Radio as a far-reaching and easily accessible response tool 

To continue providing education while schools are closed, the Kenyan Ministry of Education is using radio to distribute education content developed by the Kenya Institute of Curriculum Development. 

Radio is the preferred approach for the Government of Kenya and many other governments because it is low cost and has broad reach. It is also an engaging format, with many new models being developed to foster a better two-way flow of information between radio broadcasters and listeners. 

Radio has already demonstrated its ability as an effective tool for mass behavior change communication and awareness raising on COVID-19 related facts, such as the importance of handwashing, social distancing, and wearing masks. This is particularly key in refugee contexts, where there has been an urgent need to provide culturally-relevant information in multiple languages.

Radio is also more accessible for the majority of the population, compared to alternative high-tech options that rely on smartphones, computers, and internet connectivity. Even before the start of the pandemic, radio listenership was increasing in some of the hardest to reach areas of Kenya. Radio can also act as a strong complement to other low-tech education solutions, such as SMS-based learning, which WUSC has been piloting in refugee camps in partnership with Eneza Education, to improve learning outcomes of students in Grades 7-9.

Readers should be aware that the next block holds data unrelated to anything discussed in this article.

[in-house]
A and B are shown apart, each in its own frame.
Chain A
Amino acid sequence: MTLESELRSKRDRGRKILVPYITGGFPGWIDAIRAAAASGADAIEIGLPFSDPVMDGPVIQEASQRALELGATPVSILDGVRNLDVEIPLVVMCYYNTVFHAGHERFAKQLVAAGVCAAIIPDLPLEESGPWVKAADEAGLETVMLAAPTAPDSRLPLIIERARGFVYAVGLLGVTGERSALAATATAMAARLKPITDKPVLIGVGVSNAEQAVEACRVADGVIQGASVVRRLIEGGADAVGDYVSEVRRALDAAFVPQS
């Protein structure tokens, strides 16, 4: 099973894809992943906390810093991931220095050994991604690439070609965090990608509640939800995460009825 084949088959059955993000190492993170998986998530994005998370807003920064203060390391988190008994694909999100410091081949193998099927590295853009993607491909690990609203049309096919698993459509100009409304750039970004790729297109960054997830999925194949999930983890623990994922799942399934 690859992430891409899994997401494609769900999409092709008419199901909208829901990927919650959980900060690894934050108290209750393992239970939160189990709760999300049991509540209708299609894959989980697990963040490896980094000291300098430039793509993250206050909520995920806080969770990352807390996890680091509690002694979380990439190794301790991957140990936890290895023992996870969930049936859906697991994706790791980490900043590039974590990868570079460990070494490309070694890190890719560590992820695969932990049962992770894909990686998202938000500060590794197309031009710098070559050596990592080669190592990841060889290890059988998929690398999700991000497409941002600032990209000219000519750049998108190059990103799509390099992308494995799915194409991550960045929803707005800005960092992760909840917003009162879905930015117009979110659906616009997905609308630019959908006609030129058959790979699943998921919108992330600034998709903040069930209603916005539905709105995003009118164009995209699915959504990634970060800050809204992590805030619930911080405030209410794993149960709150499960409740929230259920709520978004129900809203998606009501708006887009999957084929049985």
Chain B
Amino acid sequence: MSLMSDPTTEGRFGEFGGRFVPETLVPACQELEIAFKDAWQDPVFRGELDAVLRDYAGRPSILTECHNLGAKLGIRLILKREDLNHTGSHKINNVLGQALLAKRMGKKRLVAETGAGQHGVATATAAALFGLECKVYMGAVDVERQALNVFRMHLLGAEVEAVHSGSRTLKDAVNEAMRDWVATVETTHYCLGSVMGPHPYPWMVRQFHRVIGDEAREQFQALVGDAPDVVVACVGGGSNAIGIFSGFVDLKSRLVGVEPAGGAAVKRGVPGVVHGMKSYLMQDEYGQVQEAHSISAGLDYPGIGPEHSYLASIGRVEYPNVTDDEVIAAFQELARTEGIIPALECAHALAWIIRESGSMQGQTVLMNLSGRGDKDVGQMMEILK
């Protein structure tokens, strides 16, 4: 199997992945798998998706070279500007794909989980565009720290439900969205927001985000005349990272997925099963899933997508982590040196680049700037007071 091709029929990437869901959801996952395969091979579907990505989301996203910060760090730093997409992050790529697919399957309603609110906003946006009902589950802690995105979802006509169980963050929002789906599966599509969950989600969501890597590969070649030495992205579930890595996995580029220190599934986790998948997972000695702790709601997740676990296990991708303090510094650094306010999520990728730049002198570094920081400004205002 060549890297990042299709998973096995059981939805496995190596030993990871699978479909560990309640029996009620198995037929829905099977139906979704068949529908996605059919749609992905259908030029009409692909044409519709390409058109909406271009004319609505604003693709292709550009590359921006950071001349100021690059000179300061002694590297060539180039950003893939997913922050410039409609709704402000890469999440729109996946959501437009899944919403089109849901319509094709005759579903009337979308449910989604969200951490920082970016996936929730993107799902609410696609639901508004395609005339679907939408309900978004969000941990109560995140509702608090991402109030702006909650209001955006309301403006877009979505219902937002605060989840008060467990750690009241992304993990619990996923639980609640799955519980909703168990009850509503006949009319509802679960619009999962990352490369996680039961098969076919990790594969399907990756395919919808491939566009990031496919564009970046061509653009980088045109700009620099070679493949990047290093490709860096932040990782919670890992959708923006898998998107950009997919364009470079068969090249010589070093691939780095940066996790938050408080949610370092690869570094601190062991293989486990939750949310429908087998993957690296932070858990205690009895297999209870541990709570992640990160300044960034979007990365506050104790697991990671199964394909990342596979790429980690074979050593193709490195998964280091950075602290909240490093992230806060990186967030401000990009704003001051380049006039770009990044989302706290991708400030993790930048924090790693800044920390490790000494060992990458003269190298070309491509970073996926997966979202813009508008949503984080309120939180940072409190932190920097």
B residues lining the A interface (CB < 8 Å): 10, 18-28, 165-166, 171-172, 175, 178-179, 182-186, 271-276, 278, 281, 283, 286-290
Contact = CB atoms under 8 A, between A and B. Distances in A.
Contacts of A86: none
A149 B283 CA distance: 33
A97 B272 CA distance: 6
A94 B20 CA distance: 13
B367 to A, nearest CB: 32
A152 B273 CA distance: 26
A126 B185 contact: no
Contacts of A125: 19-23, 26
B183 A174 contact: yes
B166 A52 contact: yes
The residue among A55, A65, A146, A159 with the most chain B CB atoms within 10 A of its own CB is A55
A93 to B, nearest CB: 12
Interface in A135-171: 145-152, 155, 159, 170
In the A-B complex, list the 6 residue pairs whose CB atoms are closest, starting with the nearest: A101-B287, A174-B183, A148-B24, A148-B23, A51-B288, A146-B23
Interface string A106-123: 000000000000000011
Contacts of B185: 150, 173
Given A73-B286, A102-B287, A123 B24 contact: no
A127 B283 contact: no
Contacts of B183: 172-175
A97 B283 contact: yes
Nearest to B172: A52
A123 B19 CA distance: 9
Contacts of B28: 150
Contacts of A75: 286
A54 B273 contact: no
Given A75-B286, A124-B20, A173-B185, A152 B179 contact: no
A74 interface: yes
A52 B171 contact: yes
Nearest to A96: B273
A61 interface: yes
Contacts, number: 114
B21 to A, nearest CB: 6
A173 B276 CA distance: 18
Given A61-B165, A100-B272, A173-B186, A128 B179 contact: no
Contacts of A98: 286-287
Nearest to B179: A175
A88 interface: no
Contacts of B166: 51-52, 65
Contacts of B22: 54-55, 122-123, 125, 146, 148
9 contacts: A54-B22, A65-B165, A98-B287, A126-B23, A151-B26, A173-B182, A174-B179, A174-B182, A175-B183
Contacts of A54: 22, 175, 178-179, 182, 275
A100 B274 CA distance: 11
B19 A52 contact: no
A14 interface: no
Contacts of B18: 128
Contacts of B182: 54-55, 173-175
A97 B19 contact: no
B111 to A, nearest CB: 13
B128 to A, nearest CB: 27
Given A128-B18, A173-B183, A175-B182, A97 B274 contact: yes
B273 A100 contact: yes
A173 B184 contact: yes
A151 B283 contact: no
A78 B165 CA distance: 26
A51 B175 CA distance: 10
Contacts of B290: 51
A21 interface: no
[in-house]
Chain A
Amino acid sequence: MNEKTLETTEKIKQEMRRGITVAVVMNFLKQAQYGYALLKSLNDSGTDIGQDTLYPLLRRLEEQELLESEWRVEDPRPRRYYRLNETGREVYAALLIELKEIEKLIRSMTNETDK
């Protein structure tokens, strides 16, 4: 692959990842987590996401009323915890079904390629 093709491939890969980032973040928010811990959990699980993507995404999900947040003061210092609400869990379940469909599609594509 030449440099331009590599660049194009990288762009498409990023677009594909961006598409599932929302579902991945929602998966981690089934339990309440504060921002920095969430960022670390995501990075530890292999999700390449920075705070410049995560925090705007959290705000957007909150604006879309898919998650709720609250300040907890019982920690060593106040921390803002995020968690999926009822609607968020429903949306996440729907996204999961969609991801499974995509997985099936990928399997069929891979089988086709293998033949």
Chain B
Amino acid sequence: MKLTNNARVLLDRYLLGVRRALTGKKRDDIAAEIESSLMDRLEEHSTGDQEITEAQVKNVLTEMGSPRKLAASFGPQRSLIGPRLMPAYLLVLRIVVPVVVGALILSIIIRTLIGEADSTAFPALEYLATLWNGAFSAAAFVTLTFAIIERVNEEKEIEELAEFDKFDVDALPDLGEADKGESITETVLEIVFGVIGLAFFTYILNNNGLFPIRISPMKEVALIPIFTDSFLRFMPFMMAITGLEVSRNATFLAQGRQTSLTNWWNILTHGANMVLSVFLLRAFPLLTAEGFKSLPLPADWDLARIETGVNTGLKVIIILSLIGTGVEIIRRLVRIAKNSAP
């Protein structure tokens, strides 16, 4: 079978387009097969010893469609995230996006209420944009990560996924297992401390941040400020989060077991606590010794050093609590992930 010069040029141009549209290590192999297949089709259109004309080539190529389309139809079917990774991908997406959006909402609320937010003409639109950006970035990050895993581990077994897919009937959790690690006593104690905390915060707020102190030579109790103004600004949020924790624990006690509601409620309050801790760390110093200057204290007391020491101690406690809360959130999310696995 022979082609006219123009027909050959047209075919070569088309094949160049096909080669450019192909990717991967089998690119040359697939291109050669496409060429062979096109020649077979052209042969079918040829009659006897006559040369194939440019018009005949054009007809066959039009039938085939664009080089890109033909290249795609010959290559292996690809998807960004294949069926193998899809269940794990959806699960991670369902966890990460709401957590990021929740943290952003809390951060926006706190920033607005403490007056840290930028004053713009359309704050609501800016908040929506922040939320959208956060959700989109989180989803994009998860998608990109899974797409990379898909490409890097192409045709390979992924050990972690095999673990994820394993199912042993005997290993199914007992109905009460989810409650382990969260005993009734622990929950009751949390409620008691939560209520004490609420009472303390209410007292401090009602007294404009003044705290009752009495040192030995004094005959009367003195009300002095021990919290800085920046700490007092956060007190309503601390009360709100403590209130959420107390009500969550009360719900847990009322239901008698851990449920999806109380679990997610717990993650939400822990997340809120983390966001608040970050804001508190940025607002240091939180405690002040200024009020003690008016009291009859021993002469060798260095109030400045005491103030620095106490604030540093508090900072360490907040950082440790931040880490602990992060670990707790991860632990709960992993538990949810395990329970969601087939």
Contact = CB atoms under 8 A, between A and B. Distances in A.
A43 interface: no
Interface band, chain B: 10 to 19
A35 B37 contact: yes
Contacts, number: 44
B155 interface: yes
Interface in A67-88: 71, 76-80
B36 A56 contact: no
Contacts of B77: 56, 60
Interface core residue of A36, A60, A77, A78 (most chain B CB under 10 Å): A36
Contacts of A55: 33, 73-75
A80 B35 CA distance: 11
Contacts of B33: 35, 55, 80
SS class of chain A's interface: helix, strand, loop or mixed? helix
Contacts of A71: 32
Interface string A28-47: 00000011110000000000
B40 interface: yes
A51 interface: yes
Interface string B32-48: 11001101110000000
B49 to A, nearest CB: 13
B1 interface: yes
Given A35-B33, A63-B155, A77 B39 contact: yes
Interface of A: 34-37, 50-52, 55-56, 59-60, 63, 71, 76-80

How WUSC uses radio in its education programming in Kenya 

With funding for two education initiatives from DFID’s Girls Education Challenge and from Global Affairs Canada. WUSC works with learners in the Kakuma and Dadaab Refugee Camps and surrounding host communities in Kenya to improve the quality of education while also addressing the social and economic barriers that limit access, in particular for girls and young women. We work with students, teachers, their families, and their communities to create a stronger education ecosystem.